Andrea Frizzi, Il Posto Restaurant and the power of immigration, part 1
Author: Ben Weinberg - May 31, 2013 - Updated: May 31, 2013
It would be easy for restaurateur Andrea Frizzi, chef-owner of Il Posto Restaurant in Denver and a native of Milan, Italy, to stay above the immigration fray, not to voice his opinion on the matter. But that’s not Frizzi’s way. Given the very serious and somewhat rancorous national conversation on exactly this topic, the time seemed ripe for a bit of beverage-fueled immigration talk with one of my most thoughtful and loquacious friends.
Il Posto Restaurant
2011 E. 17th Ave.
Denver, CO 80206
Tel: (303) 394-0100
“Only Native Americans come from America,” Frizzi says, “And even they walked over from Siberia. So those already here should have access to the papers that allow them to legally contribute to the economy.” Frizzi worked on a visa in New York and Washington, D.C., for many years. Then he got a green card. “This year I will apply for citizenship. I want to be able to vote.”
We Are All Immigrants
Frizzi is adamant that prejudice against immigrants is less prevalent in America than anywhere else he has lived. He is also quick to avoid labels. “Bigotry is a big issue in Italy, but conversations over there can be much more offensive and segregated.” He credits his openness to his father, who was fond of saying that if a man has no dream then he is without legs. “America is still the country of dreams. Anyone who comes here with a dream can fight and die for it.”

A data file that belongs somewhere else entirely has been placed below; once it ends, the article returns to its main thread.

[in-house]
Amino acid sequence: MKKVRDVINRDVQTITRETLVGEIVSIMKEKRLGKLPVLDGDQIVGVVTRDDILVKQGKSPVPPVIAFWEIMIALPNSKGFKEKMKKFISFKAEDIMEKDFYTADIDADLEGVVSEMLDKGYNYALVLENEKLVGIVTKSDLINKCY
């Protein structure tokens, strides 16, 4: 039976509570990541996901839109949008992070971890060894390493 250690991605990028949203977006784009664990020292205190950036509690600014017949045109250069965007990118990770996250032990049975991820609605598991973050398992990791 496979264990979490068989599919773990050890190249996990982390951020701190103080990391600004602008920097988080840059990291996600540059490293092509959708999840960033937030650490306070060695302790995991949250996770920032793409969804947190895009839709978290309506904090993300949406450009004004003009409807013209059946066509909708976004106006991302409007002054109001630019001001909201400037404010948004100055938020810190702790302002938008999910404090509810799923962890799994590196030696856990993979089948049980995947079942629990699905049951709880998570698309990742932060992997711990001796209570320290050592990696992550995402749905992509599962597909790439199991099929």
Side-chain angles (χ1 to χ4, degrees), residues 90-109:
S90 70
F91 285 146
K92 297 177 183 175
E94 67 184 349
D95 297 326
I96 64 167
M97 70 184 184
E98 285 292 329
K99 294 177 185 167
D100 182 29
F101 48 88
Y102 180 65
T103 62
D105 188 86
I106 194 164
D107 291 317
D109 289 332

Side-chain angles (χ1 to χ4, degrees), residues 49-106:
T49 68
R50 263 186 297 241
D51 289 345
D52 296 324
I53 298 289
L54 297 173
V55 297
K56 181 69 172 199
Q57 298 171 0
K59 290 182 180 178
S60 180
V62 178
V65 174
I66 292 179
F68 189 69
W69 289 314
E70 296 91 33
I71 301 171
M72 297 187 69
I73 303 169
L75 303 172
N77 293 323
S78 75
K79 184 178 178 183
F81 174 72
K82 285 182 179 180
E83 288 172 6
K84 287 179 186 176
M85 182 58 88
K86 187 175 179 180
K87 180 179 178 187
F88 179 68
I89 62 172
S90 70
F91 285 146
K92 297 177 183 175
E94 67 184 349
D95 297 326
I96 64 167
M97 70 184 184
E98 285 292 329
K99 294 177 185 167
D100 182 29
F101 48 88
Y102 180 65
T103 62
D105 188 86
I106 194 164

His extensive work experience at home and abroad is what makes him, in his own words, “a conservative businessman.” He definitely appreciates the work of the Colorado Restaurant Association. “It’s the only lobby I have. Every restaurant owner in Colorado should join.” To combat unnecessary regulation, Frizzi believes that anyone who wants to be in government should first work in the microcosm of a restaurant. “There she would have to learn budgeting, development, the necessity of paying bills without easy credit, racial integration, foreign exchange, everything that is important in politics.”
In New York you can’t even run a kitchen without immigrants. Colorado’s fewer restaurant options mean less work for marginal employees. But Denver enjoys other significant advantages for non-locals. “This is not an expensive city,” says Frizzi. “A sous chef can make enough money for a good life in Denver. That isn’t possible in New York.”
But How’s The Food and Wine?
Frizzi knows that great neighborhood restaurants please regular customers without excluding newcomers. He passionately extends this philosophy to his food, beverages and service. “Luckily my customers love classic Italian dishes built on fresh, top-notch ingredients, great wines made from obscure grapes, and culinary knowledge delivered by helpful, knowledgeable staff.” His all-star crew of 19 includes sous chefs Lucas Chandler, Jeff Webb and Mario Pacheco, pastry chef Natalia Spampinato, sommelier Max Koepke, and dining room supervisor Kelly Waldo.
Il Posto’s elevated Italian cuisine reflects Frizzi’s passion to take inspiration from all over Italy while incorporating touches of molecular gastronomy into the mix. Each meal starts with a bit of Lambrusco, what Frizzi refers to as his engine-starter. Wines at $40-60 are the heart of Il Posto’s all-Italian list but there are plenty of bottles on either side of that zone. “We sell the hell out of Marzemino, the favorite of both Mozart and my father.” It’s an inspired match for the Polletto Game Hen with foie gras, figs, applewood crema, fennel pollen, almond and green tomato.